The Northwest as we know it was founded by hucksters, craven opportunists, and crazy people. As they descended upon one of the last untouched territories of the United States, they adapted to the land, cooling their temperaments and becoming settlers. Only a very few proved indomitable enough to do the reverse, to shape the landscape in their own image. Those stories—feats of engineering and will like the Denny regrade and the creation of the Ballard locks—are the closest thing we in the Northwest have to a shared story like the epics, the creation myths and heroic sagas of the distant past.
Bainbridge Island resident Jonathan Evison's new novel, West of Here, aspires to that kind of Northwest epic status. To that effect, it smartly begins with a world-class huckster named Ethan Thornburgh, a man in a not-quite-nice suit filing off a steamer in the fictional Washington town of Port Bonita in December of 1889. Thornburgh cuts a comic figure—"a waxed mustache mantle[s] his lip like two sea horses kissing"—but an ambitious one. Considering himself a bold inventor, he keeps a notebook full of momentary inspirations, like "the Walla Walla chip (a variation on the Saratoga chip—made with sweet onion), the electric stairs, the electric pencil sharpener, the magnetic coat hanger, and a flatulent comic review titled Will-o'-the-Wisp."
But the comedic Thornburgh comes to Port Bonita for a serious reason: to woo Eva Lambert, who is pregnant with his child. To prove his worth to Lambert, he decides to become a serious man. Soon enough, he's decided to dam the Elwha River and transform his tiny adopted frontier town into a dynamic source of power and food for the region, and a competitor for more southerly port towns like Tacoma and (the recently fire-ravaged) Seattle.
Washington has been waiting a long time for this kind of Michenerian treatment, and Evison knows it; he arranges all the necessary elements on a huge field of play. Dozens of characters float through the book; not one of these lives is untouched by the dam. West of Here bounces back and forth in time to tell the stories of Port Bonitans at the end of the 19th century and the beginning of the 21st, when environmental concerns require the dam's gradual dissolution. In both time periods, Native Americans are dealing with the complicated world delivered by the Europeans; women are forced to live with the consequences left to them by clumsy, insensitive men; and happiness confounds everyone at every opportunity. A bigfoot enthusiast can't seem to shake his family's eternal stench of inconsequentiality; an explorer loses his way in the wilderness, and over a century later, a parolee fails to lose himself in that same forsaken stretch of forest; a prostitute wonders if there's anything more for her than a career managing a successful brothel; a young man's experiments with drugs take a strange, science-fictional turn.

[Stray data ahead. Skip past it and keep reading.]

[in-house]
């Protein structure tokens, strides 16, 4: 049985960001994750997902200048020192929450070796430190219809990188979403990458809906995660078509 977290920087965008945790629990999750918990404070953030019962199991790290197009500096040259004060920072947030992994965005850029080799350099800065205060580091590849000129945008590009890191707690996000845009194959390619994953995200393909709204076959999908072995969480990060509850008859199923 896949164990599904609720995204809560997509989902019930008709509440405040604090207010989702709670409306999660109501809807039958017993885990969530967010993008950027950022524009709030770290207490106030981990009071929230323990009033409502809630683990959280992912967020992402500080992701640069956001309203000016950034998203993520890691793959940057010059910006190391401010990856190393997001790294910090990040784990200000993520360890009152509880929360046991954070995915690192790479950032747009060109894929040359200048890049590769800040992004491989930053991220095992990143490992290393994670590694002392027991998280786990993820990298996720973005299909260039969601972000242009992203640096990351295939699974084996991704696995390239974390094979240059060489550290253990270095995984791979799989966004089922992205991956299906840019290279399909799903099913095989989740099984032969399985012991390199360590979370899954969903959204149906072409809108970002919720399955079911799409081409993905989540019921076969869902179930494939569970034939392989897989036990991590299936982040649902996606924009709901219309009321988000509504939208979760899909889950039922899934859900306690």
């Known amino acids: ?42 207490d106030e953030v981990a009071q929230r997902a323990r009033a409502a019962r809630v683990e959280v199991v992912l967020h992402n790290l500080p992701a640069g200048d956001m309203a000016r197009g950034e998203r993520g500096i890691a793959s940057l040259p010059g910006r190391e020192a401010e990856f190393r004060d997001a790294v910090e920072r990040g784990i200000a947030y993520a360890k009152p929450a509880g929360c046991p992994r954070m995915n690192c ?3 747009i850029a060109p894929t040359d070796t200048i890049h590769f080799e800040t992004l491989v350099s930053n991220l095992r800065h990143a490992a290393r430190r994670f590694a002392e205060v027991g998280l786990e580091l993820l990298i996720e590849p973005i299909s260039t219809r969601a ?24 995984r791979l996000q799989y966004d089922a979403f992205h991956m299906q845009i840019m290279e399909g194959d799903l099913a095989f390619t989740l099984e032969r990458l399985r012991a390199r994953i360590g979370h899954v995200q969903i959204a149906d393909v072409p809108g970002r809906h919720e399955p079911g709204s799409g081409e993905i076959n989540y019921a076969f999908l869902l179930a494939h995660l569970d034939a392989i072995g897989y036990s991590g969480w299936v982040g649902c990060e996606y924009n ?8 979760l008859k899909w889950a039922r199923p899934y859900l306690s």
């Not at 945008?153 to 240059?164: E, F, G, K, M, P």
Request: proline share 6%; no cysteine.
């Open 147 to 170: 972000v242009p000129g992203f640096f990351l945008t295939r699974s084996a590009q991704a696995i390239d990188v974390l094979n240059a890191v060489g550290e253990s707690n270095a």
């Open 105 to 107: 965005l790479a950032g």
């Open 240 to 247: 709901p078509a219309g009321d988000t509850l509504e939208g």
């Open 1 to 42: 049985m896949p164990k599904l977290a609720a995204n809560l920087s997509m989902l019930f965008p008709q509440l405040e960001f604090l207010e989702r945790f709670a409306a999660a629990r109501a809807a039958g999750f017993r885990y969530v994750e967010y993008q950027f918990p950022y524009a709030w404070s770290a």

At times, Evison's scope widens too far, and clichés and stereotypes smuggle themselves into the narrative. As she is introduced, Lambert appears to be the kind of go-for-the-gusto feminist who can only exist in retrospect, a 21st-century woman dolled up in period clothing and speech. When faced with a death, one character melodramatically "look[s] to the heavens" and bellows, "Noooooooo!" And a perpetually silent character suddenly starts speaking, causing someone to wonder, "Why didn't you say anything before?" His response? "You didn't ask." (That same exact goddamned scene has played out in front of me in novels and films so many times—usually, as is the case in Here, with the silent figure cast as a Native American—that it demands the creation of word processing software that will electrocute a writer if it is put to paper.) As Evison's scope narrows, so does the book's ambition: Toward the end of Here, characters disappear out of the story at the exact moment that their usefulness to Evison ends.
It's important to note that these are the kinds of authorial errors that occur because of ambition. Evison's debut novel, All About Lulu, was a quiet, funny tribute to the early works of John Irving. Here bears almost no relation to the previous work; you could make the case that Evison and Thornburgh take spiritually equivalent journeys, and the construction of the dam parallels the writing of West of Here. Evison deserves a reader's respect for lunging in the direction of this kind of old-fashioned sweeping saga, and he earns a reader's indulgence by keeping so many disparate elements in play with surprising skill. The heart of Here comes from the characters and settings you'd least expect, and as their minor stories get pushed to the forefront, the structure of the book becomes apparent, like those few anxious moments when a plane takes flight, revealing the relative smallness of the world that just enveloped us.